• A personal note on IGBP and the social sciences

    Humans are an integral component of the Earth system as conceptualised by IGBP. João Morais recalls key milestones in IGBP’s engagement with the social sciences and offers some words of advice for Future Earth.
  • IGBP and Earth observation:
    a co-evolution

    The iconic images of Earth beamed back by the earliest spacecraft helped to galvanise interest in our planet’s environment. The subsequent evolution and development of satellites for Earth observation has been intricately linked with that of IGBP and other global-change research programmes, write Jack Kaye and Cat Downy .

Measuring pattern outcomes in an agent-based model of edge-effect externalities using spatial metrics

Agriculture, Ecosystems & Environment (2004)
Parker D C and Meretsky V (ed)
ISSN: 01678809
Doi: 10.1016/j.agee.2003.09.007
Vol 101; Issue 2-3; pp. 233-250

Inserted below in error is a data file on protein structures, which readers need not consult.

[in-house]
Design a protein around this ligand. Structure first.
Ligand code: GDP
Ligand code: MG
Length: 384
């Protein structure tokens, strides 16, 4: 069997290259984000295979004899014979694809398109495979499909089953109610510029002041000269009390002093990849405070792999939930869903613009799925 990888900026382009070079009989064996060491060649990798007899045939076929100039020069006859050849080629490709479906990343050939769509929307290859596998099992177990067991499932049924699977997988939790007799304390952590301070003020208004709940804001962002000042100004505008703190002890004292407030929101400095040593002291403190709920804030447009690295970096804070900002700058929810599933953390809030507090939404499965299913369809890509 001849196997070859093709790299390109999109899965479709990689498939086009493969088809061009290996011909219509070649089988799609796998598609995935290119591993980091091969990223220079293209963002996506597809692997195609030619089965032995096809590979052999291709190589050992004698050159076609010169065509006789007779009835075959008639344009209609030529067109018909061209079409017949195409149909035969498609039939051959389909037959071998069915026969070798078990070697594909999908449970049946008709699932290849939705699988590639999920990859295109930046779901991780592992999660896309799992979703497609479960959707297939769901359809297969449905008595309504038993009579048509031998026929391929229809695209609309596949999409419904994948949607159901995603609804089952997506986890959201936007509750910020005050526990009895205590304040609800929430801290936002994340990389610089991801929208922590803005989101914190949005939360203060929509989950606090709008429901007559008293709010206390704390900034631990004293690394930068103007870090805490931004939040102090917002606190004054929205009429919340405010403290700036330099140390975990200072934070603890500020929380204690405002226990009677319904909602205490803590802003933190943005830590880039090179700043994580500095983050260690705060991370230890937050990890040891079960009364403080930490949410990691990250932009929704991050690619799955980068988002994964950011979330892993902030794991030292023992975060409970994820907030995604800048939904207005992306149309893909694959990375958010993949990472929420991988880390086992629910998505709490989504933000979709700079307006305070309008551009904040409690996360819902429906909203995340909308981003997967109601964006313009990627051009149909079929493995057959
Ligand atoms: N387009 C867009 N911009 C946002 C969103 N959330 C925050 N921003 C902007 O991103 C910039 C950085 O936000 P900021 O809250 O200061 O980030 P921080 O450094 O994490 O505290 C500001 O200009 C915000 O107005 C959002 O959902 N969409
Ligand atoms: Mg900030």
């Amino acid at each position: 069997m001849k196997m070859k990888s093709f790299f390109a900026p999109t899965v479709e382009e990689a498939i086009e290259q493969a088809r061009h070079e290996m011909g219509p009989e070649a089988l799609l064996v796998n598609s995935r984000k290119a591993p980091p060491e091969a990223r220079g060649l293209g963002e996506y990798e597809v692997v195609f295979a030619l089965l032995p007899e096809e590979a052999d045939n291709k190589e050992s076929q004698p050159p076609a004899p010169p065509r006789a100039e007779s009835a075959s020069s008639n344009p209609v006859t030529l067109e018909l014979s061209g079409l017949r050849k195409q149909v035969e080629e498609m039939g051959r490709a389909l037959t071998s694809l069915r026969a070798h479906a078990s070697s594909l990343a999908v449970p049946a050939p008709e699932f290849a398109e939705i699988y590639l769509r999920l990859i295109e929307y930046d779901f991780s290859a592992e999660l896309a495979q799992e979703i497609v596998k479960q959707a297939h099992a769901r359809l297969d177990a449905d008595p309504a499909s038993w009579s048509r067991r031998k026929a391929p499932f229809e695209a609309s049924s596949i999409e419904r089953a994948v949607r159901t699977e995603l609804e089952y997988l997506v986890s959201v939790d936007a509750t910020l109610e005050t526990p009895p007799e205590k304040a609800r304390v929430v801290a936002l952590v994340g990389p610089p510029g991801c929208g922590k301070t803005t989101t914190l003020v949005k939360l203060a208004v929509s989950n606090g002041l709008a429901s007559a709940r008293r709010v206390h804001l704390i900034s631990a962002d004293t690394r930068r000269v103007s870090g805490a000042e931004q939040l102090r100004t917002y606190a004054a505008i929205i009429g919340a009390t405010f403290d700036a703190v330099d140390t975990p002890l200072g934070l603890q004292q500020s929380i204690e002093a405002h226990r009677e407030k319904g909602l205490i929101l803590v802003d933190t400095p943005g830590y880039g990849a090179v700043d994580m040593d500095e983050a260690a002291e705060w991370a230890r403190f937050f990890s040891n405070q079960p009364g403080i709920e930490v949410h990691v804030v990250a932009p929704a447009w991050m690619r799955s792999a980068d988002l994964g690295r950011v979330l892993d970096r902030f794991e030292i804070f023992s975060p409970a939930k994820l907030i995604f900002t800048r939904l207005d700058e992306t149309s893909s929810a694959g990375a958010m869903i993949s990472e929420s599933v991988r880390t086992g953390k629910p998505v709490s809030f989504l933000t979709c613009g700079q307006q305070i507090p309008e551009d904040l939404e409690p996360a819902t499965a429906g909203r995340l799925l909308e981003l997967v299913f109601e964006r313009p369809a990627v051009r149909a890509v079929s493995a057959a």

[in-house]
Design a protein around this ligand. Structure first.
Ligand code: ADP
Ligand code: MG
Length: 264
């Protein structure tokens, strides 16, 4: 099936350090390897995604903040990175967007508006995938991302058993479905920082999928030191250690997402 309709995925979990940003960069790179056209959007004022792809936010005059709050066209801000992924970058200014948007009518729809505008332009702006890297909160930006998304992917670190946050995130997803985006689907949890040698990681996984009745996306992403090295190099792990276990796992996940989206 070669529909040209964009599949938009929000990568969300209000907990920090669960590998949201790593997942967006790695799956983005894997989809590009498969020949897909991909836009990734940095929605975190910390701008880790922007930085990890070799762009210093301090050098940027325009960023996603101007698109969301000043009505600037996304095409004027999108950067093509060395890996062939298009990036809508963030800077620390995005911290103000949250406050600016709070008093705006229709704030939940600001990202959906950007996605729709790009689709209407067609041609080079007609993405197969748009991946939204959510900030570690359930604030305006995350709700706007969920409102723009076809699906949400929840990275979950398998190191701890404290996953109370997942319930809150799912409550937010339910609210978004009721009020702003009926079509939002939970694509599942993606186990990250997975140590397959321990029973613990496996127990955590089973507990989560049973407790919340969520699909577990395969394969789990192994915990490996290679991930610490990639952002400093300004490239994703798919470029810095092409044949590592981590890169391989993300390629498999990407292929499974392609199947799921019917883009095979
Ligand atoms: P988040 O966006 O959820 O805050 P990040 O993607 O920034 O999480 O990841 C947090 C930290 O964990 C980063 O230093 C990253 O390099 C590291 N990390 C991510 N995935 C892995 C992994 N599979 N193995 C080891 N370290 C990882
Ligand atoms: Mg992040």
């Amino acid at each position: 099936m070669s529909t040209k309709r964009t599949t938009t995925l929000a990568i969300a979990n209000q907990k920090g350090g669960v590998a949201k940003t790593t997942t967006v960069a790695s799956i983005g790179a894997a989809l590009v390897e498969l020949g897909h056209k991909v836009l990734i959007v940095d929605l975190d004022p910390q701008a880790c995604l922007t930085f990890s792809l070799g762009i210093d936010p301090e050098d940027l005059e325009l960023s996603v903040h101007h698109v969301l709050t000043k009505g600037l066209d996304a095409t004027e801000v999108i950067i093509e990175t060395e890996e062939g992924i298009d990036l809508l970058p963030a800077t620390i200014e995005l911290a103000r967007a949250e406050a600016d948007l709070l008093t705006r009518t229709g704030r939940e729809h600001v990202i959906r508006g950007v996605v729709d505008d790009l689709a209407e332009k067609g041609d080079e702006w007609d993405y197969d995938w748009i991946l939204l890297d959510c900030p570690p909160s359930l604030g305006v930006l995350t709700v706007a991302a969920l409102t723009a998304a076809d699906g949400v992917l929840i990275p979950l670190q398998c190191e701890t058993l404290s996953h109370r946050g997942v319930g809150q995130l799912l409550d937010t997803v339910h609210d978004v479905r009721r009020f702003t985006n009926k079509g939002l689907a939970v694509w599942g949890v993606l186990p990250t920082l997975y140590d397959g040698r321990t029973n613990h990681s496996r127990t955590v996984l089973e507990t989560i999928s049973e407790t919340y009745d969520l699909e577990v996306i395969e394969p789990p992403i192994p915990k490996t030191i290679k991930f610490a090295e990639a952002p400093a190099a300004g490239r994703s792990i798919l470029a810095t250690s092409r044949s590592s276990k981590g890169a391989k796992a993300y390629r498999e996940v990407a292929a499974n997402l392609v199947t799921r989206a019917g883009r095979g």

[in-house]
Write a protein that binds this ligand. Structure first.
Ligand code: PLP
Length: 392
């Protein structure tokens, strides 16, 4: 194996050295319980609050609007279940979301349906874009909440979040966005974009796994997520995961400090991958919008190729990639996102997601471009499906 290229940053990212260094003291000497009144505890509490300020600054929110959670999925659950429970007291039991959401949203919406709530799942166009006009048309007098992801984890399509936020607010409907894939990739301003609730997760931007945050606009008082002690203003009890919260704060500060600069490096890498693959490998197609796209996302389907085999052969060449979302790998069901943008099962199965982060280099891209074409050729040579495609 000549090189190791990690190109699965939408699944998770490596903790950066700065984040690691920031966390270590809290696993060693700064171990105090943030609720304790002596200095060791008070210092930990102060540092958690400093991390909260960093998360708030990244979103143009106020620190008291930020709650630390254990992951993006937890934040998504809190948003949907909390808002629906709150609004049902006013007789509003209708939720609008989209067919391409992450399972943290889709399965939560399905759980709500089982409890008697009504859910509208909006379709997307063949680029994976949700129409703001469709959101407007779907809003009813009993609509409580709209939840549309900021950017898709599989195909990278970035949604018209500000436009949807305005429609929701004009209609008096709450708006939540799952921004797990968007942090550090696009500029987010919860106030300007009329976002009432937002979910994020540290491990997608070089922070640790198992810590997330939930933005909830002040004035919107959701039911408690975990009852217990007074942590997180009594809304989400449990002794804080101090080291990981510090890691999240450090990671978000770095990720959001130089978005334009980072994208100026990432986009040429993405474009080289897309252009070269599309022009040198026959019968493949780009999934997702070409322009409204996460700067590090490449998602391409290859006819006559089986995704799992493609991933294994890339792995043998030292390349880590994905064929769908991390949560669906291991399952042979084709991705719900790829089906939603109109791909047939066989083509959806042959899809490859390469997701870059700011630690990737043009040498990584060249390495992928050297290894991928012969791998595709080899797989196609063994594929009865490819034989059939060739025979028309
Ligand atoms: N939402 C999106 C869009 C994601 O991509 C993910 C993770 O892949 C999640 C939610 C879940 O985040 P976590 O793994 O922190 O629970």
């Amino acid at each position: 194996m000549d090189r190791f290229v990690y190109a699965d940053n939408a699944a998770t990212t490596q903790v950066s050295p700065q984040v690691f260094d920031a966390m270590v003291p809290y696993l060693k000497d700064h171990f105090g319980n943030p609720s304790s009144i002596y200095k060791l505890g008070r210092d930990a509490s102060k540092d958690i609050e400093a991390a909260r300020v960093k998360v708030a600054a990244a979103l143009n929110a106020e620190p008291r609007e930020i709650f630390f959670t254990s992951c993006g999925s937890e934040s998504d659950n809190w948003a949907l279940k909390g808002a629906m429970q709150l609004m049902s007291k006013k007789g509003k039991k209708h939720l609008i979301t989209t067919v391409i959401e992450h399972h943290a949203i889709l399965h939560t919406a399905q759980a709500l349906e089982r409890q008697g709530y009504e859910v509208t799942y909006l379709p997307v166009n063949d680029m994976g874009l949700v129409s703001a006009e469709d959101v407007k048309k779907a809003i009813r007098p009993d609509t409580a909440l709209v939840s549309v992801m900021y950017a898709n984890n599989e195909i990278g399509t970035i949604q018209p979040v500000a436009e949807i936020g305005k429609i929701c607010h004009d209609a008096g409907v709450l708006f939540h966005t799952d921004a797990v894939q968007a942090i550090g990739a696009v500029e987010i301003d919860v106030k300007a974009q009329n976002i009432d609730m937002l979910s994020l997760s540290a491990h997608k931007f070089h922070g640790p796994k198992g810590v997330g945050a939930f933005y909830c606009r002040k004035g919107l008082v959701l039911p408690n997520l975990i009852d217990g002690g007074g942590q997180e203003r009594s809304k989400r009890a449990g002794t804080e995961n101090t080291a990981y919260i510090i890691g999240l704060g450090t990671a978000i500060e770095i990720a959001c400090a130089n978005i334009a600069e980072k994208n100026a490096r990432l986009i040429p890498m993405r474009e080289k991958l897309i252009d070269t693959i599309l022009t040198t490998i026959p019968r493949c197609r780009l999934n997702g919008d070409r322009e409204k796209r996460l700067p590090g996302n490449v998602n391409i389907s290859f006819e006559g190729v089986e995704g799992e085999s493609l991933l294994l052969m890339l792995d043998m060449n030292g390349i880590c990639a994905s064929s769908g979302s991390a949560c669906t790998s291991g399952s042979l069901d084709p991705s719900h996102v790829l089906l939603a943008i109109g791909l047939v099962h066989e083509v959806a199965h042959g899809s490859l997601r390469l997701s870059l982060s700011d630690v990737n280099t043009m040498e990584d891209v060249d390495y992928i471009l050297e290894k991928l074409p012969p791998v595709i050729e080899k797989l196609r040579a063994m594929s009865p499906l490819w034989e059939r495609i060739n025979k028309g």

This paper presents an agent-based model of land use designed to explore the impacts of edge-effect externalities-distance-dependent spatial externalities-on land-use pattern. While the impacts of externalities on aspatial economics measures such as equilibrium land rents and the distribution of economic activity are well explored, links between externalities and landscape pattern are not well understood. This gap reflects a more general gap between aspatial theoretical land-use models and descriptive, pattern-based empirical analysis. The model presented in this paper, designed to link changes in socioeconomic parameters to changes in macroscale measures of landscape pattern, was developed with the specific goal of formally bridging this gap. The model simulates land-use decisions of parcel managers in an environment where potential conflicts between urban and agricultural land uses affect the payoffs to particular land uses. In the model, spatial and aspatial macroscale outcomes emerge from the independent, but dynamically linked, decisions of individual parcel managers. Land-use composition, land-use pattern, and the location of land uses are jointly determined, and interactions between composition and pattern feedback to microlevel landowner decisions through endogenous land rents. The paper demonstrates a series of results. First, the paper demonstrates the economic inefficiency of landscape fragmentation when edge-effect externalities are present and illustrates a series of landscape metrics appropriate to measure this fragmentation. Second, the agent-based model is used to demonstrate links between externality impacts and landscape pattern: that conflicts between urban and residential land users lead to a more compact urban form, that when the profitability of agricultural production is reduced by proximity to urban land, the urban-rural fringe expands to a socially inefficient degree, and that conflicts between urban land users can lead to fragmented patterns of urban development consistent with existing definitions of urban sprawl. Finally, the paper concludes by proposing a methodology for establishing the robustness of the model's conclusions over a wide range of parameter values.

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